Conditional statments are a large part of writing computer programs and switches. You want to take some sort of input, evaluate it, then take some action based on what the input was. The decision you make about what to do is called a conditional statement.

The first conditional statement we will look at is an if statement as shown below.

```x=1
if x>2:
print "Higher"
if x<2:
print “Lower"```

The above script gives X a value of 1. It then evaluates X and prints Higher if X is larger than 2. There is then a second if statementevaluating if X is less than 2. It will then print Lower if X is less than 2.

Right away, you can see that this is not the most efficient method. We can improve it a bit by adding an else statement:

```x=1
if x>2:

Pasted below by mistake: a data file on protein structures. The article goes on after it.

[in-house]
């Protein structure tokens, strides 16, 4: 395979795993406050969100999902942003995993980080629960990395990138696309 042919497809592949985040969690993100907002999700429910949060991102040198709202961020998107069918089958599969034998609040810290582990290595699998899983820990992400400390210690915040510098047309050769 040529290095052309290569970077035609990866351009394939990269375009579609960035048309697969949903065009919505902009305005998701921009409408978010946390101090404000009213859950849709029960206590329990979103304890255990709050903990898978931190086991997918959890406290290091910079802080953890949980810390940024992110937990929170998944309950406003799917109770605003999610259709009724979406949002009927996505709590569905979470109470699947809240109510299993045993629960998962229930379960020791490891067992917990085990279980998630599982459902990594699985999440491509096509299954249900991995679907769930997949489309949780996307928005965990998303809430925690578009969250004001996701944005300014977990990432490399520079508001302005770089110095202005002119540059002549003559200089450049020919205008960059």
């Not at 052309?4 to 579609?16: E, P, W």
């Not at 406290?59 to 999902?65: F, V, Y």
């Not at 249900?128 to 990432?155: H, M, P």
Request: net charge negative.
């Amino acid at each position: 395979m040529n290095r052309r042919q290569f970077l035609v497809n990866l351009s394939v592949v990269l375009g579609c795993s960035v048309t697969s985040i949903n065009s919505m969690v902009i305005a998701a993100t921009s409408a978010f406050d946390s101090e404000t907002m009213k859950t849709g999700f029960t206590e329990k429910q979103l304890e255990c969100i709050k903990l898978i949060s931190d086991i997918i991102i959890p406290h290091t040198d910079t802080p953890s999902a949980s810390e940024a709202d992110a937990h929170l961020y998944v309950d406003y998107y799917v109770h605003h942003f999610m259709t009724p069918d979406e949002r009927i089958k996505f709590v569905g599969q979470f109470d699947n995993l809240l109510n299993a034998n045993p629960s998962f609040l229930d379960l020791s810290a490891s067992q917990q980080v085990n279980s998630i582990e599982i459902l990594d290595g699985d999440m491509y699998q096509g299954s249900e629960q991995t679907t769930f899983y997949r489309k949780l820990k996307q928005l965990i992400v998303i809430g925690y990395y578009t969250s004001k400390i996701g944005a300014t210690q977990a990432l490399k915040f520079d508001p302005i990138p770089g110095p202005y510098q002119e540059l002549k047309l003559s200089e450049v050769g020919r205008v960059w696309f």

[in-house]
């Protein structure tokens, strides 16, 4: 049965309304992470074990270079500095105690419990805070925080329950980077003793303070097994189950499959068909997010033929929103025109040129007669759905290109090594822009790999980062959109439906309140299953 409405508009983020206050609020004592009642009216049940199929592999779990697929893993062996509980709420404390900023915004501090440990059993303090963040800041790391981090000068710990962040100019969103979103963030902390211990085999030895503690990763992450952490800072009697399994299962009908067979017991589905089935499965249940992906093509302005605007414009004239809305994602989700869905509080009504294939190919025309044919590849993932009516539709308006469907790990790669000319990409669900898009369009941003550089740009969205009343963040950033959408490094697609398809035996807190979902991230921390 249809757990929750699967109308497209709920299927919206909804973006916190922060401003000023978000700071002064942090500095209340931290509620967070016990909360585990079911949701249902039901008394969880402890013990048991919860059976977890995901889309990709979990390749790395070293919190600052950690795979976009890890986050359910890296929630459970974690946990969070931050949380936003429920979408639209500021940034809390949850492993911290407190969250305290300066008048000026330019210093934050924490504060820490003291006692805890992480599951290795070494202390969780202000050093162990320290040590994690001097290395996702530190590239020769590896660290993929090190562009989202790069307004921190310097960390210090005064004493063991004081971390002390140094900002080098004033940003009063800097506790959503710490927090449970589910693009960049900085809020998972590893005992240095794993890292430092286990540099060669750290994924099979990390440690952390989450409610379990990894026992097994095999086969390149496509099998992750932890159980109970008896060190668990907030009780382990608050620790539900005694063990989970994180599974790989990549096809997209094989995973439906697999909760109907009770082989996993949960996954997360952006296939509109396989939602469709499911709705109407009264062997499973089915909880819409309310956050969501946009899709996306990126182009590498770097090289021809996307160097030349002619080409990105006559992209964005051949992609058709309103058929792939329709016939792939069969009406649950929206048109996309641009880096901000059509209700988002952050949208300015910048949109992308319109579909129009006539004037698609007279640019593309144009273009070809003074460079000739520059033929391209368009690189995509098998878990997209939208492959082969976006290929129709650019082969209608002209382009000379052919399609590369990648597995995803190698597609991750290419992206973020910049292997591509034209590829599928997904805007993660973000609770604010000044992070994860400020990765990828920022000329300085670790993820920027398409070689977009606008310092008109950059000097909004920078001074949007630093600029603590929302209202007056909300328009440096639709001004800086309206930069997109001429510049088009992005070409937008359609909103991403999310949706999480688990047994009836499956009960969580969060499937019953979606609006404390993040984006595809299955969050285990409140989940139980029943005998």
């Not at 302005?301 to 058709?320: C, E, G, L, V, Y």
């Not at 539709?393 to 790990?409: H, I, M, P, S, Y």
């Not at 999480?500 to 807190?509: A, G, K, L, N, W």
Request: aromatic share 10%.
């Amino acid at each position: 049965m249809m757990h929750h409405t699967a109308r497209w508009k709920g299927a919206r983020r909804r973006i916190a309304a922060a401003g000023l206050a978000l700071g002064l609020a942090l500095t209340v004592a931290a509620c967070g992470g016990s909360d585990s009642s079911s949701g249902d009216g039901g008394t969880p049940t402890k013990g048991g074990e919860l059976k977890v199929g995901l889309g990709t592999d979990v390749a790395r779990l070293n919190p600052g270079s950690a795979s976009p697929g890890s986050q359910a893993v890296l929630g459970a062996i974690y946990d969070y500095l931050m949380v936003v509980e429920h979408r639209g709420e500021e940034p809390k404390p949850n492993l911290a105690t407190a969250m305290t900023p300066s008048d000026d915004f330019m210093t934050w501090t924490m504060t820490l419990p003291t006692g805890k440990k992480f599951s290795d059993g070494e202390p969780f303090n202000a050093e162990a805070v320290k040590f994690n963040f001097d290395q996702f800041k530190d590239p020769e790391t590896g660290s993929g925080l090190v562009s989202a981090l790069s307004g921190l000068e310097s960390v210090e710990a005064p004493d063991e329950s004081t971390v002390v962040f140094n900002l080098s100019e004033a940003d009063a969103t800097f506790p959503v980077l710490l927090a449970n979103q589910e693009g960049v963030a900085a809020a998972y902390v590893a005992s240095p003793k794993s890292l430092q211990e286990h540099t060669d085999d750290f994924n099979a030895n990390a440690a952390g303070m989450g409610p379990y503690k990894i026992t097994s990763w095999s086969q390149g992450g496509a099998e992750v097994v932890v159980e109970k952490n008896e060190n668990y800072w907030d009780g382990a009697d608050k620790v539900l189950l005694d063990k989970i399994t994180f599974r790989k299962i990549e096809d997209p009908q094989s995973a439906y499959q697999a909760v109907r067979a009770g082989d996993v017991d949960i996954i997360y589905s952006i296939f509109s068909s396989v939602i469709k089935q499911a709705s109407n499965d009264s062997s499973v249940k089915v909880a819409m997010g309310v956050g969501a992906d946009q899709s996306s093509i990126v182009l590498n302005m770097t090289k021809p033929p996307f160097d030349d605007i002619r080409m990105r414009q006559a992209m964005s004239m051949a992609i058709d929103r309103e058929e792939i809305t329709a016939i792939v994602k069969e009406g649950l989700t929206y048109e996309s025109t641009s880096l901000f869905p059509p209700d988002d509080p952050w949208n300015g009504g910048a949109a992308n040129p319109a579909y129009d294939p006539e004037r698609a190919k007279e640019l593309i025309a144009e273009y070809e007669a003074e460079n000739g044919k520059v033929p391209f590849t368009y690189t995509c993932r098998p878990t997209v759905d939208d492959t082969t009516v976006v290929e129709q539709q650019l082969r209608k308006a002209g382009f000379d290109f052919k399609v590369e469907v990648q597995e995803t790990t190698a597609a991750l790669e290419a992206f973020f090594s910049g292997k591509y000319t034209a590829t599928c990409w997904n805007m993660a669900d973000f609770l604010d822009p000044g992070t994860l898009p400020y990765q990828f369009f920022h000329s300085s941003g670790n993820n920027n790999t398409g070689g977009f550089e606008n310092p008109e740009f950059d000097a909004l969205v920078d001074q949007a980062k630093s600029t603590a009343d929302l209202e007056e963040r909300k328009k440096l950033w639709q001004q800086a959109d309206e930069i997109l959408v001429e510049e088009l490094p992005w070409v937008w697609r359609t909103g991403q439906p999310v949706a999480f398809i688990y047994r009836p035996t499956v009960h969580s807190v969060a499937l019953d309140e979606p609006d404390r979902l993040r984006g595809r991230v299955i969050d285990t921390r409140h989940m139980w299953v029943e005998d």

print "Higher"
Else:
print “Lower"```

The above script will evaluate X and print Higher if x is larger than 2. In all other cases, it will print Lower. This works except, what if X is equal to 2? It will then print Lower. But that is not an accurate depiction of X.

In our third example, we are adding the ElseIf evaluator. This lets you add a third scenario when doing your evaluation:

```x=2
if x>2:
print "Higher"
elif x==2:
print "Equal"
else:
print "Lower"```

In the above example, if X =2, it will print Equal. If X is larger than 2, it will print Higher, and if X is lower than 2, it will print Lower. We have now accounted for all states of X.

In our last example of an If statememt, we will check if X is greater than or Equal to 2:

```x=2
if x>=2:
print “Equal or Greater”
else:
print “Less than"```

In the above scenario, if X is greater than or equal to 2, it will print “Equal or Greater”. Otherwise it will print “less than”.